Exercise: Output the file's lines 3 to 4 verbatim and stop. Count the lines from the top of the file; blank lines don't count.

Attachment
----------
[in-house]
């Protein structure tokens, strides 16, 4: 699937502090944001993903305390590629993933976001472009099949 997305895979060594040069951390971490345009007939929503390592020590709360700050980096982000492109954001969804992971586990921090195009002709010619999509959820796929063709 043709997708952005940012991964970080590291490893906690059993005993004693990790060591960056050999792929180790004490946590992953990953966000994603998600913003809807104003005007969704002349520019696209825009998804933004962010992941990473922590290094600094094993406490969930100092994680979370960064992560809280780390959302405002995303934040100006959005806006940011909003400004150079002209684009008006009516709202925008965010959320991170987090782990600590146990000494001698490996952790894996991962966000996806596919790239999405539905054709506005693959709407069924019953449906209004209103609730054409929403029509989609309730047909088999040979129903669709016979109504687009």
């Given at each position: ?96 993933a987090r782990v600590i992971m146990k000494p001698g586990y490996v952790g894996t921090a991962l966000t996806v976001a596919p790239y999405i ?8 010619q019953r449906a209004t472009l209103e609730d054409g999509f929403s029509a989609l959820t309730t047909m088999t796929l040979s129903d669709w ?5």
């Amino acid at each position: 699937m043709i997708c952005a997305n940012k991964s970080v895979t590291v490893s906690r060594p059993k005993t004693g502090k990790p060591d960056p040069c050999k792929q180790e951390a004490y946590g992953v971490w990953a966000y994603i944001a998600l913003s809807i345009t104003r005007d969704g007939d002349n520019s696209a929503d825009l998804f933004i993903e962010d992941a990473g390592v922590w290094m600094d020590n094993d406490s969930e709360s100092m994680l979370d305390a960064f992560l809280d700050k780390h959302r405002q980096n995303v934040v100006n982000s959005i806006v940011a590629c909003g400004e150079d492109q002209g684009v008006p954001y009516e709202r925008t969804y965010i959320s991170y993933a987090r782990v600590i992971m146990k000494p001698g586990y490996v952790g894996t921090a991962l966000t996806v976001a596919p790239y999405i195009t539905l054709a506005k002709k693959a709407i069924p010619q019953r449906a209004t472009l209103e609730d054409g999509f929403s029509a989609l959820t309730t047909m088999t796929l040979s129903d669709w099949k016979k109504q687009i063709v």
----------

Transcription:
């Given at each position: ?96 993933a987090r782990v600590i992971m146990k000494p001698g586990y490996v952790g894996t921090a991962l966000t996806v976001a596919p790239y999405i ?8 010619q019953r449906a209004t472009l209103e609730d054409g999509f929403s029509a989609l959820t309730t047909m088999t796929l040979s129903d669709w ?5």
């Amino acid at each position: 699937m043709i997708c952005a997305n940012k991964s970080v895979t590291v490893s906690r060594p059993k005993t004693g502090k990790p060591d960056p040069c050999k792929q180790e951390a004490y946590g992953v971490w990953a966000y994603i944001a998600l913003s809807i345009t104003r005007d969704g007939d002349n520019s696209a929503d825009l998804f933004i993903e962010d992941a990473g390592v922590w290094m600094d020590n094993d406490s969930e709360s100092m994680l979370d305390a960064f992560l809280d700050k780390h959302r405002q980096n995303v934040v100006n982000s959005i806006v940011a590629c909003g400004e150079d492109q002209g684009v008006p954001y009516e709202r925008t969804y965010i959320s991170y993933a987090r782990v600590i992971m146990k000494p001698g586990y490996v952790g894996t921090a991962l966000t996806v976001a596919p790239y999405i195009t539905l054709a506005k002709k693959a709407i069924p010619q019953r449906a209004t472009l209103e609730d054409g999509f929403s029509a989609l959820t309730t047909m088999t796929l040979s129903d669709w099949k016979k109504q687009i063709v």